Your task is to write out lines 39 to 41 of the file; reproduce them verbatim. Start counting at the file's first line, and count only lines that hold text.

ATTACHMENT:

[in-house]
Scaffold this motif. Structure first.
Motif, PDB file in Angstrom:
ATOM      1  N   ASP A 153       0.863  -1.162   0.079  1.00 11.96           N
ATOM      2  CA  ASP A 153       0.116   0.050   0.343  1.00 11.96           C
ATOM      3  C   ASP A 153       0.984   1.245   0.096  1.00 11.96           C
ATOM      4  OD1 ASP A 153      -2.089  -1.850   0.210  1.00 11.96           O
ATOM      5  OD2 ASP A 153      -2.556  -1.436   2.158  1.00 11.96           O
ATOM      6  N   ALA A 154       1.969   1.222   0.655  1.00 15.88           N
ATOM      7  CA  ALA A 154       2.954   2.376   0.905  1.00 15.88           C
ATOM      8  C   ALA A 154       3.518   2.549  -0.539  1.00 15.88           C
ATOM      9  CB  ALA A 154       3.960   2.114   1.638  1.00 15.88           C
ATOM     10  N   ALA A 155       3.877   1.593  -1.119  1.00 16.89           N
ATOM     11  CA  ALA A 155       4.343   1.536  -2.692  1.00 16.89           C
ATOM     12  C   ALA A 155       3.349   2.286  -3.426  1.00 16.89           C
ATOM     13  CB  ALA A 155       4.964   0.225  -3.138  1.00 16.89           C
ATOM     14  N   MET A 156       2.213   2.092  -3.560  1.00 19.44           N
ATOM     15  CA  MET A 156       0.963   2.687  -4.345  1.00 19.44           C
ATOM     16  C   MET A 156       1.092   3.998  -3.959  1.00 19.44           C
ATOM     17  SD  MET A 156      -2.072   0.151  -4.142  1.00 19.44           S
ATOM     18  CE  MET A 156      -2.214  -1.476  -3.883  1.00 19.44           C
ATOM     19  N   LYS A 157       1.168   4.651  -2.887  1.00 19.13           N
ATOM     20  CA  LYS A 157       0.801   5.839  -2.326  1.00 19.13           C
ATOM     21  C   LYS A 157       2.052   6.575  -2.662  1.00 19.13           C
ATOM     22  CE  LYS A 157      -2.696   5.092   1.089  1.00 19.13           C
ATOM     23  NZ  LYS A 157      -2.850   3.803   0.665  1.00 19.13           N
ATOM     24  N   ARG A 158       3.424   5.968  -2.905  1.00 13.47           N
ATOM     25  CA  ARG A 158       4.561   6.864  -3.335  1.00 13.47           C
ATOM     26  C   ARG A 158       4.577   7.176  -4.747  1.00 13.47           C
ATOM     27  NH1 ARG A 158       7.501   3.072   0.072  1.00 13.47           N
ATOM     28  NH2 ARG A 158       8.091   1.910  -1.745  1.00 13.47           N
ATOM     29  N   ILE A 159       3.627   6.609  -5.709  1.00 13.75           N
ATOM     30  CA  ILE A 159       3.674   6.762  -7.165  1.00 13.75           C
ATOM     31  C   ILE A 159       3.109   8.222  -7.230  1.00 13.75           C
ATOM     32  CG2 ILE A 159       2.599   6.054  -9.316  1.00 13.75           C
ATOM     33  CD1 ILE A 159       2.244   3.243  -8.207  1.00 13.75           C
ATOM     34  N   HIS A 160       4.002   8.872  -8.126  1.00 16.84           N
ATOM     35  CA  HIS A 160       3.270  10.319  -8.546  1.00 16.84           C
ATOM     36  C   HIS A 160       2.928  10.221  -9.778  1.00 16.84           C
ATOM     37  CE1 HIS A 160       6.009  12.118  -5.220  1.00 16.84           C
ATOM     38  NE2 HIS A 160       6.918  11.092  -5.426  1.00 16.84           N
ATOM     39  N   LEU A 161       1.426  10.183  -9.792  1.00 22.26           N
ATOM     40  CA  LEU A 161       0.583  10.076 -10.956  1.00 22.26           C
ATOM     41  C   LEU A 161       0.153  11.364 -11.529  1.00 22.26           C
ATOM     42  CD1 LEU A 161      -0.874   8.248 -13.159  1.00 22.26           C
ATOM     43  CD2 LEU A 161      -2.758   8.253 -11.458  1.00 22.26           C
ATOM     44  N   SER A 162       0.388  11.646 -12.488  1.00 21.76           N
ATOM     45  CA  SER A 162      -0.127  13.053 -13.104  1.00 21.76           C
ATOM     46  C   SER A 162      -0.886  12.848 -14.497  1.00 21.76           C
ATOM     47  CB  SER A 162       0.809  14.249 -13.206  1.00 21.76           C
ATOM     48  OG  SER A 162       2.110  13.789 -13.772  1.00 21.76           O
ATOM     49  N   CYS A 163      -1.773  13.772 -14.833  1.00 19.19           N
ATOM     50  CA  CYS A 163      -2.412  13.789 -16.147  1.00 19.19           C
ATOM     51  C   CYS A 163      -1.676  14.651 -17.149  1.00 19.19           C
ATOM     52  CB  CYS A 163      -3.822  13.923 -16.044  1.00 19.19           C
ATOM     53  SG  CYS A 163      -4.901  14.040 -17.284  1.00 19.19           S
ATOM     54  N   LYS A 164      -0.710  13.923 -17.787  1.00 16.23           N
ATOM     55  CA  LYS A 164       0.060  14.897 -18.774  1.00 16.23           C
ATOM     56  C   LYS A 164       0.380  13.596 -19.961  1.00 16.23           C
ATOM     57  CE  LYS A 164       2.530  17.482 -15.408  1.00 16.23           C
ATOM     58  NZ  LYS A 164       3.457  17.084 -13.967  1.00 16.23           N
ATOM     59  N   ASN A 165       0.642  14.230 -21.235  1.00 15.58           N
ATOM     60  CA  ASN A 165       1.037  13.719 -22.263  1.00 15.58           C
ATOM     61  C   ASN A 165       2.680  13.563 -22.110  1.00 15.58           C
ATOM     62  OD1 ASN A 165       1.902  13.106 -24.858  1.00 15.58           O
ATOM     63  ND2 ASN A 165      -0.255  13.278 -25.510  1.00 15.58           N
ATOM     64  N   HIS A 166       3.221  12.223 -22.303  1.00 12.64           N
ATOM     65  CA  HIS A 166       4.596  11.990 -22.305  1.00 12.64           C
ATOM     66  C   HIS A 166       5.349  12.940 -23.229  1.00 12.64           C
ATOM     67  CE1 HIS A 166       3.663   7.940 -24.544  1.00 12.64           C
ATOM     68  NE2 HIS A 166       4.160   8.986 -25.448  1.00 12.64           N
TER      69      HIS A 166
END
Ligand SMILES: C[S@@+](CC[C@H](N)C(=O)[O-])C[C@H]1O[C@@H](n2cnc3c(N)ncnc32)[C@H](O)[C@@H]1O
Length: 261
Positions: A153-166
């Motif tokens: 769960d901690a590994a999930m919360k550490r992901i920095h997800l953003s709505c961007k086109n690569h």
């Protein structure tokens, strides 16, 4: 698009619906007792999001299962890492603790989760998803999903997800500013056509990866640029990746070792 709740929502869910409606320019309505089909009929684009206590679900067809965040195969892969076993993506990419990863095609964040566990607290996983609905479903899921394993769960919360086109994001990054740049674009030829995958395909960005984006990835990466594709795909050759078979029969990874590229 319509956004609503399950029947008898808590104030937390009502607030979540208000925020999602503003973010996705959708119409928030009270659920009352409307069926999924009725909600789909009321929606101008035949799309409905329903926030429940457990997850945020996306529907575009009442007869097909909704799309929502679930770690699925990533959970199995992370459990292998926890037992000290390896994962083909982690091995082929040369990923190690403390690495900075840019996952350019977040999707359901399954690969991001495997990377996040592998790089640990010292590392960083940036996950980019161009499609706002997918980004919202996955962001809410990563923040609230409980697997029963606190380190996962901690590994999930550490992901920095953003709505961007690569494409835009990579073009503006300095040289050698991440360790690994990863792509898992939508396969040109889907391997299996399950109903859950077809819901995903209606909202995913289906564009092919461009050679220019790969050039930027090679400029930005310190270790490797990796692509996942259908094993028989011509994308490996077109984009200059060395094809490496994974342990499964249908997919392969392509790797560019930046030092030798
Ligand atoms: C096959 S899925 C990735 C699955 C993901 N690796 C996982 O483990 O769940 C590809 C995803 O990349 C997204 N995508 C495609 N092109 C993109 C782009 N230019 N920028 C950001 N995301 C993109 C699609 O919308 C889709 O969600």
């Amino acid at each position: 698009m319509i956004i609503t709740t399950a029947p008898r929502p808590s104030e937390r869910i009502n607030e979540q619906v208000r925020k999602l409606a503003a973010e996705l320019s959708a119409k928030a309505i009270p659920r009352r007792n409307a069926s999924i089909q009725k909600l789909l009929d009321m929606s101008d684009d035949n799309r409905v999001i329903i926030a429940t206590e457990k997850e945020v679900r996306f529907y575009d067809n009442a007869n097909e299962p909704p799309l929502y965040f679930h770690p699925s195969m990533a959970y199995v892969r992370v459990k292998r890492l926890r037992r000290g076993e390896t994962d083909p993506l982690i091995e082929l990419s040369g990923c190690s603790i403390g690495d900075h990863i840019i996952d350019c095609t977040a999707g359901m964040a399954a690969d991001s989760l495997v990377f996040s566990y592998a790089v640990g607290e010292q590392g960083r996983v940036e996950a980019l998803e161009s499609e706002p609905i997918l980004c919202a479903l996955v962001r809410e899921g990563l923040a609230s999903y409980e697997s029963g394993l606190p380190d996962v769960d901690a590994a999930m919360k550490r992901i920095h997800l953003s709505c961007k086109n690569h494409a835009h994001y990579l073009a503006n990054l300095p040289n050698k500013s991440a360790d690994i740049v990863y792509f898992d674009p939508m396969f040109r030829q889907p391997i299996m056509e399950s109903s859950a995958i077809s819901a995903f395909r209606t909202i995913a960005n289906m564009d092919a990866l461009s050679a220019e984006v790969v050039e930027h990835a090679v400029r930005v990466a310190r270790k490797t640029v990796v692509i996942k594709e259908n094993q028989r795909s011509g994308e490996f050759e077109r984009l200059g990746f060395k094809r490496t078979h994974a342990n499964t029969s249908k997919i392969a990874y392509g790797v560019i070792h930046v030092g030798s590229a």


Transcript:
ATOM     36  C   HIS A 160       2.928  10.221  -9.778  1.00 16.84           C
ATOM     37  CE1 HIS A 160       6.009  12.118  -5.220  1.00 16.84           C
ATOM     38  NE2 HIS A 160       6.918  11.092  -5.426  1.00 16.84           N